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How Alexandria Police Lt. Mike Kochis Used Narcan to Save a Man Overdosing on Opioids

“I was surprised how fast it worked. He was back and awake,” Kochis told The Zebra.

Alexandria Police Lt. Mike Kochis (Courtesy photo)

Alexandria, VA – Alexandria Police Lt. Mike Kochis was surprised how fast Narcan works. In September, the 16-year APD veteran saved the life of a man suffering from an opioid overdose by injecting him with naloxone nasal spray. Kochis was on patrol when he got the call. The man was unconscious on the side of the road just off the Eisenhower Connector exit off Interstate 495, and was receiving CPR from one of his two female companions. Kochis was there within minutes.

“I checked for the guy’s pulse, and there was no pulse, he wasn’t breathing,” Kochis said. “Another officer arrived at around the same time and we rolled him on his side and tried a sternum rub, but when that didn’t work I hit him with the one dose of Narcan. I got no response, then I hit him with another dose and then a few seconds later he gasped and started coughing. A few minutes later the medics arrived and took care of him.”

Kochis, who has commanded the APD night shift for the last six months, was previously the commander of the APD narcotics bureau for four years. He said that a search of the car did not yield any drugs.

Alexandria Police Patrol Bureau

I was surprised how fast it worked. He was back and awake,” Kochis said, and commended the first responders who arrived at the scene. “This happens a lot. On a night shift we have a lot of young and new officers, and they’re extremely motivated and have a great attitude about coming to work. On any call you get there it’s business, and these kids work their butts off and their the ultimate professionals when they’re at work and it’s good to see.”

In 2017, there were 1,241 reported opioid-related deaths in Virginia, nine deaths in Alexandria, and 50 non-fatal overdoses. Earlier this year, all Alexandria Police Officers attended a two-hour training session on opioids and how to administer Narcan. All patrol officers were then issued the nasal spray.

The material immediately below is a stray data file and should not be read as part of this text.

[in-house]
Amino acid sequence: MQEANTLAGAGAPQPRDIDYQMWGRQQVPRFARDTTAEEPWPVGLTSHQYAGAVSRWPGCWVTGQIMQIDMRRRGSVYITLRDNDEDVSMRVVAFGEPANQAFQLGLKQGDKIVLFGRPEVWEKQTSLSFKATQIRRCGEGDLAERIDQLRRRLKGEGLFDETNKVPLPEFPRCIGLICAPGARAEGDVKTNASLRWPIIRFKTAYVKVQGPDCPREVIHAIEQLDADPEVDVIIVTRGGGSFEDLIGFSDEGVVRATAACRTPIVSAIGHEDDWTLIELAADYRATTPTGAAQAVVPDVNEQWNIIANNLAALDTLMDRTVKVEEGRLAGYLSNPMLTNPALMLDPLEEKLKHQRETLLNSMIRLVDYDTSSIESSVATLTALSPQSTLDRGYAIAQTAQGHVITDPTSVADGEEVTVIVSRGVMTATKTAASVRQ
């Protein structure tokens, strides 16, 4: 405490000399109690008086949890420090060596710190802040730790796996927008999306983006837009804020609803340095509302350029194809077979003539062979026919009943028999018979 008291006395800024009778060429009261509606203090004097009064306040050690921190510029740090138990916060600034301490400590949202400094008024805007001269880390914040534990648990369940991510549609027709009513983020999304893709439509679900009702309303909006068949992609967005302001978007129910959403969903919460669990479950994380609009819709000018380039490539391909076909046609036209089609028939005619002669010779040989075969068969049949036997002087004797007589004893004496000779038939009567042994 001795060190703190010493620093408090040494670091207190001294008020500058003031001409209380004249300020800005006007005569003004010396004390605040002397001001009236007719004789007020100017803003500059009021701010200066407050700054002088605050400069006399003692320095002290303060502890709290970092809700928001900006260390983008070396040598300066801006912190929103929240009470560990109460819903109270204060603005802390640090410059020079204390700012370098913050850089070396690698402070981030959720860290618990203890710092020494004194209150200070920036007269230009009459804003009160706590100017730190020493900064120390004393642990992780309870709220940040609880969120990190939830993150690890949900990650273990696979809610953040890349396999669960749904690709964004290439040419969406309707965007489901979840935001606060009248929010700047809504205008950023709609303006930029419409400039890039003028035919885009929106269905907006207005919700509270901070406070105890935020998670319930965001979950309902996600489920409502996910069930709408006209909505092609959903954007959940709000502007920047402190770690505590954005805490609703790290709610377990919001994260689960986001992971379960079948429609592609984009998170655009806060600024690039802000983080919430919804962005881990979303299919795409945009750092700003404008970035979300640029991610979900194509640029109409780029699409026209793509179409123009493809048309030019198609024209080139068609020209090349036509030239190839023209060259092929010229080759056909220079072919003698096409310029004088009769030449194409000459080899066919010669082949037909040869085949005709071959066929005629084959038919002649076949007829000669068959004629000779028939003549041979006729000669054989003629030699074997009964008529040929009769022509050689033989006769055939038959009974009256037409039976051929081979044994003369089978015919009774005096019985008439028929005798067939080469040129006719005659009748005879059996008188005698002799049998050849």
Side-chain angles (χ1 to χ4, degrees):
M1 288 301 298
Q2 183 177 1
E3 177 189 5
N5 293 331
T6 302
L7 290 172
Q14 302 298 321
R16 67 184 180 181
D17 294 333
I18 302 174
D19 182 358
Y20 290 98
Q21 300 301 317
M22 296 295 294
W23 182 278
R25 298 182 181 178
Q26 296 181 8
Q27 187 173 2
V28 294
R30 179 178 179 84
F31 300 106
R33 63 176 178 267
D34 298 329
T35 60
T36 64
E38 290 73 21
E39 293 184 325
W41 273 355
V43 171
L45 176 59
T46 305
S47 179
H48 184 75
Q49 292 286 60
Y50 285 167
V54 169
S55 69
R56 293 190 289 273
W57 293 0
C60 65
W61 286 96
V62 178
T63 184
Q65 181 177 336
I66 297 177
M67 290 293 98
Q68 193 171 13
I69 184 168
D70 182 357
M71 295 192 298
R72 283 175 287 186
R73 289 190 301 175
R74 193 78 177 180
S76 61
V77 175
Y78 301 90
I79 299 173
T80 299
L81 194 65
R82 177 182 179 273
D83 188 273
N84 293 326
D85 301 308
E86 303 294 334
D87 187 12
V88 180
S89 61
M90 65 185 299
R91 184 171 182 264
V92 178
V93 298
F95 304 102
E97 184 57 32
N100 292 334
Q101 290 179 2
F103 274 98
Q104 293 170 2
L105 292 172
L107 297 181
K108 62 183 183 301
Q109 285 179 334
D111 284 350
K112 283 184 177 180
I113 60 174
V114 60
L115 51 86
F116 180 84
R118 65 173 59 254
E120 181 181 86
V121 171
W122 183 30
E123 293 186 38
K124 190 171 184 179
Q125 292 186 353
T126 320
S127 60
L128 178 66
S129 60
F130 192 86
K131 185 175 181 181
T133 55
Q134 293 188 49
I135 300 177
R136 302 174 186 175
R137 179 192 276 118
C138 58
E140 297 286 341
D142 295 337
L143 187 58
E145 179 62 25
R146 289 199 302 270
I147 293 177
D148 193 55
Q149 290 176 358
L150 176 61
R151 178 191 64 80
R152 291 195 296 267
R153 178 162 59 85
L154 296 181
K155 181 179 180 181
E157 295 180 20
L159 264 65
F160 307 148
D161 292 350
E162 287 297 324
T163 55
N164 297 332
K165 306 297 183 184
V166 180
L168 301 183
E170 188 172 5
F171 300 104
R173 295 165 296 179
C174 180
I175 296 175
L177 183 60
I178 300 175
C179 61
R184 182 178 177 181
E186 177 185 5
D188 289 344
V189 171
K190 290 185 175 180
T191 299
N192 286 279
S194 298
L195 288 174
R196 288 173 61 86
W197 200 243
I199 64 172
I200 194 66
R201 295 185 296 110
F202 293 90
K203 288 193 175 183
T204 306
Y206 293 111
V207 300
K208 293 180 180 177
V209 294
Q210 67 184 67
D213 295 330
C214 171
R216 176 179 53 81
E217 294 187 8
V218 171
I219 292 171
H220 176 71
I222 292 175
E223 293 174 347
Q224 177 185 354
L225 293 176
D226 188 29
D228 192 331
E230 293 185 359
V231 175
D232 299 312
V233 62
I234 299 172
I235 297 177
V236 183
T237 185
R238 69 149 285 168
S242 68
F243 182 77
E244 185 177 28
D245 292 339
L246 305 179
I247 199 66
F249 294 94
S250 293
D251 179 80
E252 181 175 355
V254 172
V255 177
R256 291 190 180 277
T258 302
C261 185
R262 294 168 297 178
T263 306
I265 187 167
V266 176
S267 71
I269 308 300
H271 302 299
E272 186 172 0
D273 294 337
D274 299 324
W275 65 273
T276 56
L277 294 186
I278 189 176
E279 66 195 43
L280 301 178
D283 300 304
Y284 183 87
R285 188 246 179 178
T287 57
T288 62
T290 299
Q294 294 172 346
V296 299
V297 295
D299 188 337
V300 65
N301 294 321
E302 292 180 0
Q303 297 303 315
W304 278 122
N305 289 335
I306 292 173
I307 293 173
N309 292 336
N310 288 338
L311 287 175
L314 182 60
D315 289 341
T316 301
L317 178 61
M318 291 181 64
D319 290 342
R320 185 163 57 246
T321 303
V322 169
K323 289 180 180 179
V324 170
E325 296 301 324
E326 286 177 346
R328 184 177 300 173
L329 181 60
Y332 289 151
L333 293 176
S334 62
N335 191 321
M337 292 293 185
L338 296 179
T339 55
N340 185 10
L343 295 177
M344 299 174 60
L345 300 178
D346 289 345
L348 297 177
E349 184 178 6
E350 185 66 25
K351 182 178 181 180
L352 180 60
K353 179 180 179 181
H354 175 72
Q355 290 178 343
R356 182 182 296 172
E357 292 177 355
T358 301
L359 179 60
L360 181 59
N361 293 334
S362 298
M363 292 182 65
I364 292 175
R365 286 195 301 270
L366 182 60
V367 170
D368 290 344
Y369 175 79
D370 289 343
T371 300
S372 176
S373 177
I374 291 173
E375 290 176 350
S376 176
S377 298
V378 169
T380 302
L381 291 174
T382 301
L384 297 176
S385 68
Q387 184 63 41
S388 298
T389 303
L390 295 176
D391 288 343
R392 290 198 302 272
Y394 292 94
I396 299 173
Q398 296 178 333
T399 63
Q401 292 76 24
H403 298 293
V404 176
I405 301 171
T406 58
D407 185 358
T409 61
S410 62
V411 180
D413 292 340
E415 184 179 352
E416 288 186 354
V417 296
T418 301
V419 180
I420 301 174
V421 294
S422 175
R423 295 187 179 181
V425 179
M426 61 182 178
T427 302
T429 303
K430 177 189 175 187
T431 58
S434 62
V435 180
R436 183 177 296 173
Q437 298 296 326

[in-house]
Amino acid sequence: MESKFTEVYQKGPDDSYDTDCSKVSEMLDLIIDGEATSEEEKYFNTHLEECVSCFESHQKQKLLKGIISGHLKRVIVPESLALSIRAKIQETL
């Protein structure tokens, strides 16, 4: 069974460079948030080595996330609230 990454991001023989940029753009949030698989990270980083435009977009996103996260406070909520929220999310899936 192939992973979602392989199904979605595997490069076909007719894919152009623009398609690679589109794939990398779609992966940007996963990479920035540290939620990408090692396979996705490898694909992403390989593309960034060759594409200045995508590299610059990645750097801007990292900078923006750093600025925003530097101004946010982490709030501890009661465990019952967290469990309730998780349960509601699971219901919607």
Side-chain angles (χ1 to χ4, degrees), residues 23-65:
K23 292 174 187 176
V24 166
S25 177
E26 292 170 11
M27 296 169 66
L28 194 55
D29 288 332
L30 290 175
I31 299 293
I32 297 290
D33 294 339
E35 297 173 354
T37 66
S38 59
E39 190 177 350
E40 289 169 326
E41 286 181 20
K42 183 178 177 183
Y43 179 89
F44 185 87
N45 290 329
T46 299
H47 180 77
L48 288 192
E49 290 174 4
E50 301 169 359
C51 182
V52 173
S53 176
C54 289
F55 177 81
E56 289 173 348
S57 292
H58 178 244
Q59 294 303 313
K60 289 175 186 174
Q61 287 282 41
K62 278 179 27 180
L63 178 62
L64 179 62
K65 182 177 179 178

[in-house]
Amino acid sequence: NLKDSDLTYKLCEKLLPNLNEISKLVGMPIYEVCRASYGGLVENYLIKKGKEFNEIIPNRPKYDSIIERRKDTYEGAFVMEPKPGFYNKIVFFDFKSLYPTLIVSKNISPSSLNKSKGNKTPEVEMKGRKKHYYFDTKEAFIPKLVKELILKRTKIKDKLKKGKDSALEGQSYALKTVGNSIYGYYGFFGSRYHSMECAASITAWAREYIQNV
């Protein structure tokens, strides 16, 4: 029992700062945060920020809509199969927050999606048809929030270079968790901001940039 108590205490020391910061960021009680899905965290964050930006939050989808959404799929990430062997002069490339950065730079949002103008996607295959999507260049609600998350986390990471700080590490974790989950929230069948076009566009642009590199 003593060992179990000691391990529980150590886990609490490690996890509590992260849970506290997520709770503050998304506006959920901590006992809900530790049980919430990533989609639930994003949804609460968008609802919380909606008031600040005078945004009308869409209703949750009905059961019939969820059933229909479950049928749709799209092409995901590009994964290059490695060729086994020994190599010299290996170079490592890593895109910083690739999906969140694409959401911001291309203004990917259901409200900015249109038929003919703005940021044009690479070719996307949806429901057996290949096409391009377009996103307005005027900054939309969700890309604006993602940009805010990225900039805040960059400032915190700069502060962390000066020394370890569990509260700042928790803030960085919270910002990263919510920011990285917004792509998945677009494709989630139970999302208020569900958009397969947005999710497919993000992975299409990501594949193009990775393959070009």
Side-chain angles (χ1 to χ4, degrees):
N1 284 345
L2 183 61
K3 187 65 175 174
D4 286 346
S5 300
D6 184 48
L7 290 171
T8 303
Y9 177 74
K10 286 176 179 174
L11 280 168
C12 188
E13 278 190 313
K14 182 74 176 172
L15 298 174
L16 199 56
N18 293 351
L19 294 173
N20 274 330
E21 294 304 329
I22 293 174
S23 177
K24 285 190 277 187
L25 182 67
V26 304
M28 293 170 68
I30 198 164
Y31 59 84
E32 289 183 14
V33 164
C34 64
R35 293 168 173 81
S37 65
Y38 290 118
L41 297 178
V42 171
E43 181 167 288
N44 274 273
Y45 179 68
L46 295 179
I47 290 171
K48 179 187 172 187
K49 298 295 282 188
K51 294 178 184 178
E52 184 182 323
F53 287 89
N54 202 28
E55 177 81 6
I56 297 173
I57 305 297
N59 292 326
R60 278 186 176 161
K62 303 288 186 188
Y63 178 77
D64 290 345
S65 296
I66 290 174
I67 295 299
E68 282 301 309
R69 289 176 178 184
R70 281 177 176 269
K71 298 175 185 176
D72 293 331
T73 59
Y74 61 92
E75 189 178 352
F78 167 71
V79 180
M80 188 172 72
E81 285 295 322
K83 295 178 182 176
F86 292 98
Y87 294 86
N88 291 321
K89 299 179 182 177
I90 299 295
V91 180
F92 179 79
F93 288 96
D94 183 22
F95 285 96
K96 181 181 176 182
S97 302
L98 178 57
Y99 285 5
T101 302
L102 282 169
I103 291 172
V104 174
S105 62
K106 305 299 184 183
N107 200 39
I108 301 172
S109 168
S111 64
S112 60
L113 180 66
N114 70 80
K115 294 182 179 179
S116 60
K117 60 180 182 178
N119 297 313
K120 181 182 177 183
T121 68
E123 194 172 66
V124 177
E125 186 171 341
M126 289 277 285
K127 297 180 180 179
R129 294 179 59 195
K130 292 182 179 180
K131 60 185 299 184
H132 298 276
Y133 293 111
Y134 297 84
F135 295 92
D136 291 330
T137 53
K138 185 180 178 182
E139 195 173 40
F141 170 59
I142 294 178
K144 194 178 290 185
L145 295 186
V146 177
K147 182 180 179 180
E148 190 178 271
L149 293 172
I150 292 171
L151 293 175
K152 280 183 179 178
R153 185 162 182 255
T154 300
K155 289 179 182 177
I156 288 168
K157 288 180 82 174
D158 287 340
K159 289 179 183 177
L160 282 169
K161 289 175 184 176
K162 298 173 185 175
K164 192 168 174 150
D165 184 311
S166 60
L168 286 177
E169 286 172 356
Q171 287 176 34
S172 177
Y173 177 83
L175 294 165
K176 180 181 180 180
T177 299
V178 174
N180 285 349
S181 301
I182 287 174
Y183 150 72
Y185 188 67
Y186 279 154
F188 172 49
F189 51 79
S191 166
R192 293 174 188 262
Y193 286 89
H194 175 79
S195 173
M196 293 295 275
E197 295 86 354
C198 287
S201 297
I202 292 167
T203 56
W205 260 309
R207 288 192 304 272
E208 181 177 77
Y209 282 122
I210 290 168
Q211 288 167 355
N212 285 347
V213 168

“The public should know that the whole initiative using Narcan came from the current Opioid Work Group,” Kochis said. “It was a lot of people were involved with that initiative in getting Narcan on the street to the officers, which was a significant undertaking. They’re doing a lot of good work on this overdose stuff.”

The police are members of the city’s Opioid Work Group, which successfully got Narcon distributed to Alexandria’s finest.

“APD recognized the need to have this lifesaving tool as the number of overdose cases our officers responded to was increasing,” said Alexandria Police Chief Mike Brown. “All of our patrol personnel have been trained in the administration of NARCAN and we will use it as needed to save lives. This recent case illustrates how important this tool is for us and our community.”

Interested in Narcan training? You can learn how to spot and reverse an opioid overdose every second Tuesday of the month from 10 to 11 a.m. at 2355 Mill Road. Participants are given a free Narcan kit after the class. You can also get a free Narcan kit at the Alexandria Health Department’s main office at 4480 King Street.

The city is also hosting A Community Conversation: Strategic Plan to Eliminate Opioid Misuse and Its Harmful Effects in Alexandria” on Nov. 18 at T.C. Williams High School from 5:30 to 7:30 p.m.

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